Nuclear Power:  Embrace it or Fear It

Nuclear Power: Embrace it or Fear It

A nuclear chain reaction generates vast quantities of energy.  Controlled nuclear reactions (i.e. energy plant, ship propulsion) create tremendous power used for great social good.  Uncontrolled reactions (nuclear weapons, Chernobyl, Fukushima Daiichi) produce indescribable wreckage and desolation.

Human feelings are like nuclear chain reactions.  Our feelings are vast storehouses of potential energy.  Feelings have the capacity to stop us in our tracks and mire us in depression . . . or catapult us to accomplish our wildest goals and most daring dreams.  Like a chain reaction, feelings can be either controlled or uncontrolled.  Positive feelings are the result of managing and exercising control over our feelings.  Unchecked and misdirected feelings tend to replicate exponentially.  Left unmonitored, this can quickly degrade to an unstable condition, culminating in a mushroom cloud of untold destruction and misery.  Alas, in both nuclear reactions and humans, a chain reaction that makes it to this final stage damages others in the ‘fallout radius’ and often requires centuries before the surrounding area again becomes capable of sustaining human life.

Of the many ways in which feelings and nuclear reactors differ, however, one of the most important is the ease in which a ‘feelings disaster’ may be avoided.  In humans, the critical step is simple to understand if not always easy to implement: recognizing and accepting that there is no such thing as ‘should’ or ‘should not’ when it comes to feelings.

atom-42601_1280 (1)To manage our feelings requires only recognizing and accepting that there is no such thing as ‘should’ or ‘should not.’

To effectively manage our feelings, we should stop for a moment whenever we consciously recognize a new feeling and immediately  remind ourselves that feelings are neither ‘right’ nor ‘wrong.’  Say something like this to yourself, aloud if circumstances allow: “My feelings are not inherently ‘good’ or ‘evil.’  Feelings say nothing at all about me or the kind of person I am.  Whatever I am feeling does not at all speak about the kind of friend I am, my value as a student or co-worker, how good of a worshiper I am, or my worth as a parent or child.”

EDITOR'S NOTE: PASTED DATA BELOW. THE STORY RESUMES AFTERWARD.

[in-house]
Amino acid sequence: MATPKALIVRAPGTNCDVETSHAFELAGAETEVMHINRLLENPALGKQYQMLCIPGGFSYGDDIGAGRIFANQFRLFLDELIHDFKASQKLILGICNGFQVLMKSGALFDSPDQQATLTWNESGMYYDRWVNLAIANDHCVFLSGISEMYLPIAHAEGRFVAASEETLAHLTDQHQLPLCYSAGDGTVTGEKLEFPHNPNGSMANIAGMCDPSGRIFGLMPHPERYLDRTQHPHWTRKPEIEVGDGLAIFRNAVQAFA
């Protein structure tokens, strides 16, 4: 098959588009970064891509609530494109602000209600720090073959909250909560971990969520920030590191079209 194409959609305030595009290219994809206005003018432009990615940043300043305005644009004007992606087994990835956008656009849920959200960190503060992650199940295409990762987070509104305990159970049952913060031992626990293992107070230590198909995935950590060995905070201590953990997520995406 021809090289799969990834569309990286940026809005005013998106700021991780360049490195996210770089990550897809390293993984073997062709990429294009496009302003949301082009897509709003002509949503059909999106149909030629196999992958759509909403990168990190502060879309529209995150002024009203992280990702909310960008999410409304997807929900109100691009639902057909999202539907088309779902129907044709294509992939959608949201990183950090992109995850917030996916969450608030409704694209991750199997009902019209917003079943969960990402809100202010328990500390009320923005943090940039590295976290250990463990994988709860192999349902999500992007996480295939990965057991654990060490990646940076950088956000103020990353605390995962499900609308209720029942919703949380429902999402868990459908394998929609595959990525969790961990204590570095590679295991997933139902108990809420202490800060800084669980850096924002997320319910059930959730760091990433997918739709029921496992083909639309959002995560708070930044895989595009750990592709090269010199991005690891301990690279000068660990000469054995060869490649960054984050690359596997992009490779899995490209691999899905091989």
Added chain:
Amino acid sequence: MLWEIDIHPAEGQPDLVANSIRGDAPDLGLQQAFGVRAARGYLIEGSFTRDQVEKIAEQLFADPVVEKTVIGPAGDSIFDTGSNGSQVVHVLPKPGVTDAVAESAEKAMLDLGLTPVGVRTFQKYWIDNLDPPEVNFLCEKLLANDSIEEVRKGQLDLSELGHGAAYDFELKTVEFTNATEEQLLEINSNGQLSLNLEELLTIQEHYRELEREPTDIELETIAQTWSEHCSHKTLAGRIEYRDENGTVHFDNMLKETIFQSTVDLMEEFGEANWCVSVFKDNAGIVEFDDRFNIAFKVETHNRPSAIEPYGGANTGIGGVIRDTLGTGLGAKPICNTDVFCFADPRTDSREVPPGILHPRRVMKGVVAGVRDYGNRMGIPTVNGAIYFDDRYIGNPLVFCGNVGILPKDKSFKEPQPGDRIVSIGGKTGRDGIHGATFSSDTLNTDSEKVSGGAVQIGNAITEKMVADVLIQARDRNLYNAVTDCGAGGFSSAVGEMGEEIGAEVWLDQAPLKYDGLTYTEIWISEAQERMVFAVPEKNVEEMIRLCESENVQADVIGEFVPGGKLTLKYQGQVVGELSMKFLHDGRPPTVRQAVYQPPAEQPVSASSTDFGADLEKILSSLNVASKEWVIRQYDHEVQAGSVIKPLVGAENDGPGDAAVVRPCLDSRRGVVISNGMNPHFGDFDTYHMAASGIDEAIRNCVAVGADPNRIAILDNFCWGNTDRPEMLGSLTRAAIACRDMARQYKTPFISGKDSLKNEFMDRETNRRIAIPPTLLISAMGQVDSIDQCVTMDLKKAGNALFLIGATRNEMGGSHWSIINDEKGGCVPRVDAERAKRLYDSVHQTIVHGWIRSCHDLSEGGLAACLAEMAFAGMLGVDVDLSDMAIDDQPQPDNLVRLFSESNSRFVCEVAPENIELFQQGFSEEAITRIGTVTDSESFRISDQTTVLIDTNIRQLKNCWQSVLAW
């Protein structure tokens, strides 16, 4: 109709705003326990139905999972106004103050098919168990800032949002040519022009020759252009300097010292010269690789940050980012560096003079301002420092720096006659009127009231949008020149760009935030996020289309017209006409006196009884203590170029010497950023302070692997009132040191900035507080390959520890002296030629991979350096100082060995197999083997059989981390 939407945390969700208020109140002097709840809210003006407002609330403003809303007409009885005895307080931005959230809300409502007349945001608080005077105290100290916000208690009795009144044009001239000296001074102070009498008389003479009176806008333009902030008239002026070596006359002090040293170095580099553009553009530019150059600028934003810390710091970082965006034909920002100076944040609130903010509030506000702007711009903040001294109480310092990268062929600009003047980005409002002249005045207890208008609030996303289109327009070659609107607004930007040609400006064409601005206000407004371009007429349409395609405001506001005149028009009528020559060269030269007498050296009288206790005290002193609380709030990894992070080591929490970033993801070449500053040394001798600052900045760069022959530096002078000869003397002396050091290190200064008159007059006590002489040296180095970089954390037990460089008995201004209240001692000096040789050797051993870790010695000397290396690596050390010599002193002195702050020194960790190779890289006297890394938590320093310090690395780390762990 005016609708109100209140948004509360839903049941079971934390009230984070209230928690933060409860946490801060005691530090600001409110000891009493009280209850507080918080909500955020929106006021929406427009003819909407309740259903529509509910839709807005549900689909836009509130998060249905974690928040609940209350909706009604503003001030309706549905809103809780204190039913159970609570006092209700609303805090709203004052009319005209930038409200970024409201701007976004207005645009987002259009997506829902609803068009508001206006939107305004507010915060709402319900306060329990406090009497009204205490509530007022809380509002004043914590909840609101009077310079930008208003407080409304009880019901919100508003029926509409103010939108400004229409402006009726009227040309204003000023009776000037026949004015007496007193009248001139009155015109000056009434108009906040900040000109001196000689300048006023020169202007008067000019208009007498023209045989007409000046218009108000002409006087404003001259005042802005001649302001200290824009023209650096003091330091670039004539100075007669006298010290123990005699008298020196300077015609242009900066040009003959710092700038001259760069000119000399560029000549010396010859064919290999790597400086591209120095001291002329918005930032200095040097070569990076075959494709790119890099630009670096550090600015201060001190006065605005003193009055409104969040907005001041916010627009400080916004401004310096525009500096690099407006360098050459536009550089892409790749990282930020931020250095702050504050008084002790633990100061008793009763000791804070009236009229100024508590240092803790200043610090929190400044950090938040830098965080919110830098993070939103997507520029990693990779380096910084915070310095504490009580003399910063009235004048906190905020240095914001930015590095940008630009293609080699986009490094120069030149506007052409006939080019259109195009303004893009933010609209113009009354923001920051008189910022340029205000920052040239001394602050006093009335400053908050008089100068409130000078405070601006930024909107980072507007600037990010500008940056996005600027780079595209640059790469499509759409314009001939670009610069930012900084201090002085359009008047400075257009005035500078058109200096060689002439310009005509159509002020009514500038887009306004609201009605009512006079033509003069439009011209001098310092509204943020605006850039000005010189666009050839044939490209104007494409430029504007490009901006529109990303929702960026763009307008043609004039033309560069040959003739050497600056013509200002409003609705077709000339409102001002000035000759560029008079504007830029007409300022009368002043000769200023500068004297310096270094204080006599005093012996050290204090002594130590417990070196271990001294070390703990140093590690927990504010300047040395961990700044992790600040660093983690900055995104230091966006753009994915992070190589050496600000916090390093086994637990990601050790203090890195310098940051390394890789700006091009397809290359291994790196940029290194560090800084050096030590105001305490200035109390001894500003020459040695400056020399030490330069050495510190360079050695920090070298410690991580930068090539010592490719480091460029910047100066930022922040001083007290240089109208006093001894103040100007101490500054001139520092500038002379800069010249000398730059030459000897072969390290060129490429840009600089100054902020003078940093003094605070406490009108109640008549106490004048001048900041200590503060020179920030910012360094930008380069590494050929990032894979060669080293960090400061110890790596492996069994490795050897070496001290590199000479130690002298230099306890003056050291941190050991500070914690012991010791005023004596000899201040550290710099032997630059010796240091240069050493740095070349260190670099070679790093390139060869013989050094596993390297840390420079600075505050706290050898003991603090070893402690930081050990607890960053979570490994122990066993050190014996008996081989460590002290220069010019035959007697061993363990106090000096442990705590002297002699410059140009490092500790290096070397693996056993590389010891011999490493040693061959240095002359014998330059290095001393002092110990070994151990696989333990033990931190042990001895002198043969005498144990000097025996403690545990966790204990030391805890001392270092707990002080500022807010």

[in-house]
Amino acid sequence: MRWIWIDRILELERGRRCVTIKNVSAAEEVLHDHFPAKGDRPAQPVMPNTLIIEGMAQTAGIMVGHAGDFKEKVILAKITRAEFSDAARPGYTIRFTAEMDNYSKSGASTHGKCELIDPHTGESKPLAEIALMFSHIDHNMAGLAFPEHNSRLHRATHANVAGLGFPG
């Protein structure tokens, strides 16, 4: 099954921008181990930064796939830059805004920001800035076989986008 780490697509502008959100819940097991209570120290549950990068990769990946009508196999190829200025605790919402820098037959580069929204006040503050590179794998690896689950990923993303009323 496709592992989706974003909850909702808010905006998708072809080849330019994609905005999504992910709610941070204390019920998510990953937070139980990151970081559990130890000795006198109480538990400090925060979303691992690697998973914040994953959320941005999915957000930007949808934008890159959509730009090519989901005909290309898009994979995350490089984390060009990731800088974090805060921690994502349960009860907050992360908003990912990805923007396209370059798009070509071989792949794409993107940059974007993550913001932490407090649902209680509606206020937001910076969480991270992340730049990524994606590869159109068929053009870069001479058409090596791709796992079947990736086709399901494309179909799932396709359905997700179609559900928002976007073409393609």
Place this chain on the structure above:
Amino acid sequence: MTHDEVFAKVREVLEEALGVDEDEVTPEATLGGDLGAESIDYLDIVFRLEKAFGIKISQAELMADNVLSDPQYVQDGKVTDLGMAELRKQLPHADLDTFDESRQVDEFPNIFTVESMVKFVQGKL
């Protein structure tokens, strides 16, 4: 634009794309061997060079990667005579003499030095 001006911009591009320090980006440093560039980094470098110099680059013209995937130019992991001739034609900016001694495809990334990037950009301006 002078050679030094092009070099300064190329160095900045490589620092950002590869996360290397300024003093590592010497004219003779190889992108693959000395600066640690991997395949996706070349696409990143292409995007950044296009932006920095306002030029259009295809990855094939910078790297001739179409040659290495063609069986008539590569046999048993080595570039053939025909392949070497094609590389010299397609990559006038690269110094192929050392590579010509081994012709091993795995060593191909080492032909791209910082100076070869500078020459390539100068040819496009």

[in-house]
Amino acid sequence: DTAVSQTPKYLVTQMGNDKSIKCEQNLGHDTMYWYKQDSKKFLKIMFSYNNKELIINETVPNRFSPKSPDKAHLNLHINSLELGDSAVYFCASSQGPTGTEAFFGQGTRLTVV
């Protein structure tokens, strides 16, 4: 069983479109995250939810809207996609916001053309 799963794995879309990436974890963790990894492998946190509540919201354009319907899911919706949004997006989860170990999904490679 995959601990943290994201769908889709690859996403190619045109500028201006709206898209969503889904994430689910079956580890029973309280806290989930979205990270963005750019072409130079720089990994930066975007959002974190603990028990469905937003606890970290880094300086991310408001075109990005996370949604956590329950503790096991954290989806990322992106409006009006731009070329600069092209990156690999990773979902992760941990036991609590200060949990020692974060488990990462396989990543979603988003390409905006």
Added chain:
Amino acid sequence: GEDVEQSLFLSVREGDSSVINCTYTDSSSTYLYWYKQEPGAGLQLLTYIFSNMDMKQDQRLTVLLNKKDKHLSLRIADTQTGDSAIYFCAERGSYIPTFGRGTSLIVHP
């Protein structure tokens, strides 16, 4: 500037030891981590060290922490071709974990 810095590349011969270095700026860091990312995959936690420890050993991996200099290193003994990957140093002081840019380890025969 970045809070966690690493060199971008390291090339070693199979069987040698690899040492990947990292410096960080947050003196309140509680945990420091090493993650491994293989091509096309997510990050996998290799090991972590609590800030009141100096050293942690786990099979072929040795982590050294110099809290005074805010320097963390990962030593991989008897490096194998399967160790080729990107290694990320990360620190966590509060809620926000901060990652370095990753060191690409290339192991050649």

Feelings have nothing to do with who we are or our significance in the world.  Feeling just are.

Feelings have nothing to do with who we are or our significance in the world.  Feeling just are. 

Although feelings are a component of every human being, we should constantly remind ourselves that we cannot control or manage the genesis of our feelings any more than we could have controlled or managed whether we were born — or the time, place, or date of our birth.

Once we recognize and accept the above, we can begin the practice of harnessing our feelings.  Once we have observed and wielded our feelings purposefully, we begin to believe that our feelings can provide us enormous benefit.  To continually unleash the power of feelings in the direction we wish, we must only take conscious control of them and manage their vast potential energy wisely.nuclear-34369_1280

Nuclear devastation or limitless energy?

No one can determine your personal ‘nuclear energy policy’ . . . except you.  Our determination must begin with the conscious decision to quit judging our feelings, and to quit judging who we are or what our character is like, based upon the content of feelings we cannot initially control.